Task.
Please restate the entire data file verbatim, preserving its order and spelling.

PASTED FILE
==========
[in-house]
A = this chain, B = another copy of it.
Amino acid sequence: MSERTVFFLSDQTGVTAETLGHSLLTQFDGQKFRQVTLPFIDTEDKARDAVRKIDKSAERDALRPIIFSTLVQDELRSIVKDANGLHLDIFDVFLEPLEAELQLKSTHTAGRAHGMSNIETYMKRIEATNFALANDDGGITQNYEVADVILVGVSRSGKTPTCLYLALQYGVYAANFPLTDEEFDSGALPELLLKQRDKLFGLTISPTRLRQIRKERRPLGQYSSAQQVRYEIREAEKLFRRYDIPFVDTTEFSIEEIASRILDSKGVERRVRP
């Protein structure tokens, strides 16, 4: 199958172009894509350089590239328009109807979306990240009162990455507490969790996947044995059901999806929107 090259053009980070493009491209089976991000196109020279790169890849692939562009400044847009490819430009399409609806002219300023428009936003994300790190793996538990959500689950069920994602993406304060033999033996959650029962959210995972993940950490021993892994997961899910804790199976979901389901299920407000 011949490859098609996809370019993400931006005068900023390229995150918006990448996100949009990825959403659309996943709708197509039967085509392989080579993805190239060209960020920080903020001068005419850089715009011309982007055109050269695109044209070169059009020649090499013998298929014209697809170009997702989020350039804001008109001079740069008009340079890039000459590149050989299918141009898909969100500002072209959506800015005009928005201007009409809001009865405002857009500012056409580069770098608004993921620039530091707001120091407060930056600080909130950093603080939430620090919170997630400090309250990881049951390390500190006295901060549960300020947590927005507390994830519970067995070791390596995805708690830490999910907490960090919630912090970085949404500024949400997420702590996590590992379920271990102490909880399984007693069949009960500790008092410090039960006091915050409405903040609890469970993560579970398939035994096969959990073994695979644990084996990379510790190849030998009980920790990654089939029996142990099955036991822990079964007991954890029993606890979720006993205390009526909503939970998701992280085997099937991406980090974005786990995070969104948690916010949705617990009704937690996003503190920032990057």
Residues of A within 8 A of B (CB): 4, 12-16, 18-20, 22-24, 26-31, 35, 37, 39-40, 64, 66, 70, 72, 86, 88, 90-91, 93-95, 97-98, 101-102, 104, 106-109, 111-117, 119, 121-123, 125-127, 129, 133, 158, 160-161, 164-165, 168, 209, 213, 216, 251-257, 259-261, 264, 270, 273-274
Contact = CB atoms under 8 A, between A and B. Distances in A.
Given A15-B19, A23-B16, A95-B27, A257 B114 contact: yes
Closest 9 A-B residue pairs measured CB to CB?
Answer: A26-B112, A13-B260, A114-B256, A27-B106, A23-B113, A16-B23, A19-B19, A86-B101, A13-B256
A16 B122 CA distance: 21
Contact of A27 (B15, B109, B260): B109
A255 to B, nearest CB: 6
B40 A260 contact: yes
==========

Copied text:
[in-house]
A = this chain, B = another copy of it.
Amino acid sequence: MSERTVFFLSDQTGVTAETLGHSLLTQFDGQKFRQVTLPFIDTEDKARDAVRKIDKSAERDALRPIIFSTLVQDELRSIVKDANGLHLDIFDVFLEPLEAELQLKSTHTAGRAHGMSNIETYMKRIEATNFALANDDGGITQNYEVADVILVGVSRSGKTPTCLYLALQYGVYAANFPLTDEEFDSGALPELLLKQRDKLFGLTISPTRLRQIRKERRPLGQYSSAQQVRYEIREAEKLFRRYDIPFVDTTEFSIEEIASRILDSKGVERRVRP
């Protein structure tokens, strides 16, 4: 199958172009894509350089590239328009109807979306990240009162990455507490969790996947044995059901999806929107 090259053009980070493009491209089976991000196109020279790169890849692939562009400044847009490819430009399409609806002219300023428009936003994300790190793996538990959500689950069920994602993406304060033999033996959650029962959210995972993940950490021993892994997961899910804790199976979901389901299920407000 011949490859098609996809370019993400931006005068900023390229995150918006990448996100949009990825959403659309996943709708197509039967085509392989080579993805190239060209960020920080903020001068005419850089715009011309982007055109050269695109044209070169059009020649090499013998298929014209697809170009997702989020350039804001008109001079740069008009340079890039000459590149050989299918141009898909969100500002072209959506800015005009928005201007009409809001009865405002857009500012056409580069770098608004993921620039530091707001120091407060930056600080909130950093603080939430620090919170997630400090309250990881049951390390500190006295901060549960300020947590927005507390994830519970067995070791390596995805708690830490999910907490960090919630912090970085949404500024949400997420702590996590590992379920271990102490909880399984007693069949009960500790008092410090039960006091915050409405903040609890469970993560579970398939035994096969959990073994695979644990084996990379510790190849030998009980920790990654089939029996142990099955036991822990079964007991954890029993606890979720006993205390009526909503939970998701992280085997099937991406980090974005786990995070969104948690916010949705617990009704937690996003503190920032990057």
Residues of A within 8 A of B (CB): 4, 12-16, 18-20, 22-24, 26-31, 35, 37, 39-40, 64, 66, 70, 72, 86, 88, 90-91, 93-95, 97-98, 101-102, 104, 106-109, 111-117, 119, 121-123, 125-127, 129, 133, 158, 160-161, 164-165, 168, 209, 213, 216, 251-257, 259-261, 264, 270, 273-274
Contact = CB atoms under 8 A, between A and B. Distances in A.
Given A15-B19, A23-B16, A95-B27, A257 B114 contact: yes
Closest 9 A-B residue pairs measured CB to CB?
Answer: A26-B112, A13-B260, A114-B256, A27-B106, A23-B113, A16-B23, A19-B19, A86-B101, A13-B256
A16 B122 CA distance: 21
Contact of A27 (B15, B109, B260): B109
A255 to B, nearest CB: 6
B40 A260 contact: yes